Samsung P207 Review
By Jon Gales --
The Samsung P207 is a jet-black clamshell now available from Cingular Wireless. Despite the consumer level price ($99), the P207 is able to pack in a very nice screen and an interesting speech-to-text technology that we were anxious to try out. Read on for the full review, including a video summary that has a demo of the speech-to-text feature.
Samsung P207 specs
* GSM 850 / 1800 / 1900
* *Weight:* 3.20 oz
* *Size:* 3.40x1.8x.95"
* *Screen:* 176x220 pixels with 262K colors
* *Ringtones:* MP3
* *Camera:* VGA
* *Data:* EDGE
Back in January Samsung announced a new speech-to-text technology that sounded very interesting.The Samsung P207 is one of the first handsets equipped with this tech (another being the Samsung a890). Upon opening the box, the speech feature was the first thing I attempted to use. Before using the voice control features for the first time, a little training is required. It involves saying 122 words that appear on the screen in succession. You can further train the phone if you find that it isn't picking up your voice well (or if you give the person to another phone you can entirely replace the training). The phone can recognize more than 122 words, that is just what it trains with.
Editor's note: The voice software that came on the Samsung P207 was made by VoiceSignal Technologies. It doesn't appear to be limited to Samsung phones, so it's possible you will see it start to ship from other device manufacturers.
Overall the voice features were impressive, but I'm not sure if I would use them on an ongoing basis. It was great for demos, but a little too tedious for normal use. However, I am a pretty fast typist with predictive text, so your results may vary. If you can't type very fast the voice technology may really speed up your results.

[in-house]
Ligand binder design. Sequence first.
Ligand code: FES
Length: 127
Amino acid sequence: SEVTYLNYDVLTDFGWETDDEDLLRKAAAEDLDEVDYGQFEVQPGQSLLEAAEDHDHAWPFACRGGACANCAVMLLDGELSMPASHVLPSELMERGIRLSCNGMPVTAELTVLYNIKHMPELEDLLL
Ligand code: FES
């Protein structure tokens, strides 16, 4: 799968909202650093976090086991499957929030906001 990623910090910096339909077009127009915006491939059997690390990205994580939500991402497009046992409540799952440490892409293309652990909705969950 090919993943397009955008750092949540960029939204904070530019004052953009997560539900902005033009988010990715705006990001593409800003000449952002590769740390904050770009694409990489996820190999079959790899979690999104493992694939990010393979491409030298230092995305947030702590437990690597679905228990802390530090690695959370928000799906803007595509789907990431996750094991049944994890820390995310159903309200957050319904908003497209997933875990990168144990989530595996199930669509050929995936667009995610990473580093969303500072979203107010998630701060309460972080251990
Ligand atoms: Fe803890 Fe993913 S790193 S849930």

Besides aiding in typing text messages, the voice technology can open applications, call contacts and check the status of things like signal or battery level. I didn't find anything other than the text message and call features useful--it's faster to just look at the screen or use the menu--but I believe they were there for the visually impaired. The voice dialing feature was interesting because it can either take a name (without prior training) or a number.
The Samsung P207 performed admirably on voice quality tests. I have decent Cingular coverage around my home, but even in weaker areas calls were clear. People I talked to reported good sound quality on their end. However, like always call quality depends on your local area.
The P207 does not have a speakerphone which is a disappointment. Since it doesn't have Bluetooth either, your choices for talking on the phone handsfree are limited to a wired headset (and even then, a specialized one since it lacks the standard jack--more on that later).
The Samsung P207 is one of the more stylish phones around, especially from Samsung (95% of their phones are the same silver color.) I got lots of second looks and compliments after pulling it out of my pocket. The promo photos don't show how glossy the black really is, but I can assure you it's very glossy. While stylish, the glossy finish also causes some trouble because it shows smudges very easy. Take a look at the photos and video below to get an idea for what I'm talking about.